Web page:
States Continue to Fall Short in Meeting Required Timeframes for Investigating Nursing Home Complaints: 2016-2018

Angie Szumlinski
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October 9, 2020
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The nursing home complaint process is a critical safeguard to protect vulnerable residents of nursing homes. CMS relies on the States’ respective survey agencies to serve as the front-line responders to address health and safety concerns raised by residents, their families and nursing home staff. State survey agencies must conduct onsite investigations within certain timeframes for the two most serious levels of complaints; those that allege serious injury or harm to a nursing home resident and require a rapid response to address the complaint and ensure resident safety. A previous OIG report found that a few States fell short in the timely investigation of most serious nursing home complaints between 2011 and 2015. To follow up on this report, the OIG examined the extent to which States met required timeframes for investigating the most serious nursing home complaints from 2016 through 2018.

What the OIG found was that the rate of nursing home complaints per 1,000 nursing home residents increased from 45 in 2015 to 52 in 2018. Twenty-one States failed to meet CMS’s timeliness threshold for the second-most serious level of complaints in all 3 years from 2011 through 2018. Of the five States that fell short in timely investigation of the most serious nursing home complaints from 2011 through 2015, Georgia had limited improvement, while Arizona, Maryland, New York, and Tennessee continued to fall short through 2018. The study also found that from 2016 through 2018, trends in late investigations of complaints in New Jersey, Illinois and Texas raise concerns.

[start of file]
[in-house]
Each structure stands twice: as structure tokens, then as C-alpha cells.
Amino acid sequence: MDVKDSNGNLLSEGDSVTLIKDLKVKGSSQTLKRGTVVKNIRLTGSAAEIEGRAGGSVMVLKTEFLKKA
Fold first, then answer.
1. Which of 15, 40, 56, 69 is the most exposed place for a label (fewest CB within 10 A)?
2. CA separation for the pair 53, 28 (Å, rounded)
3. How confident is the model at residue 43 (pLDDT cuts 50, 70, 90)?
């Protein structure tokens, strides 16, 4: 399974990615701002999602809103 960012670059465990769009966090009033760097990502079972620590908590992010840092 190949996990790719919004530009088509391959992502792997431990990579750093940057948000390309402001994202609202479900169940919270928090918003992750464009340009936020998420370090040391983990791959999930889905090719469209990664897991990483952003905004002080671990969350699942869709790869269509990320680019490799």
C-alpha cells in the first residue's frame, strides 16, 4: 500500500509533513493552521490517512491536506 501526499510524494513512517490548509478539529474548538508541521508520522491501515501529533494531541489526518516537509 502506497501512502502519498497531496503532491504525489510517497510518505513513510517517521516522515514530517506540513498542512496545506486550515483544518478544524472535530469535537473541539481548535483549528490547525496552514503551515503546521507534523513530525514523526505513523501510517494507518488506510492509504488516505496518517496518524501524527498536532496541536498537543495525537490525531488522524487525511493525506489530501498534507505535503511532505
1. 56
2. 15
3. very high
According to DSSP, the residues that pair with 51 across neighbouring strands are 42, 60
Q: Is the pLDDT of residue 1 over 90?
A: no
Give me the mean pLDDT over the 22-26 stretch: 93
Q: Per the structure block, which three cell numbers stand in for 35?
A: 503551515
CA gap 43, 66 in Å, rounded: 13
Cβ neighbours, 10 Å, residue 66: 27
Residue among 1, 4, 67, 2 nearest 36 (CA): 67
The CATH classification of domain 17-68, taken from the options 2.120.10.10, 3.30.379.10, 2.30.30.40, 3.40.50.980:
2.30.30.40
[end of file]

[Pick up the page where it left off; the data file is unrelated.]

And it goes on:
The analysis raises questions about some States’ ability to address serious nursing home complaints and about the effectiveness of CMS’s oversight of States. It found that many States are consistently failing to meet required timeframes for investigating the most serious nursing home complaints. States that we communicated with face challenges with receiving a high volume of complaints, triaging complaints and having adequate human resources to investigate complaints. CMS has worked with States to address these challenges, yet few States have made progress. To ensure that States conduct timely investigations, CMS should ensure that all States receive training on the triage guidance it plans to update and also identify new approaches to address States that are consistently failing to meet required timeframes for investigating the most serious nursing home complaints. CMS concurred with both of the OIG recommendations.

What does this mean for you, the provider? Well, although it is kind of nice to read about a governmental agency being audited and coming up short, it can mean more trouble for us! No agency likes to come up short on an audit and you can bet that a lot of time and energy into this problem is going to be happening in States around the country. Unfortunately, that may also mean an increase in the number of on-site complaint investigations with resulting citations. What can we do? Be sure we are documenting all incidents and completing a thorough investigation including a root cause analysis and reviewing each one with the QAPI committee. New interventions, preventive actions, and goals/timeframes should also be initiated as appropriate. Remember, the best defense is a good offense; only you can prevent citations! Stay well, stay safe, and stay tuned!


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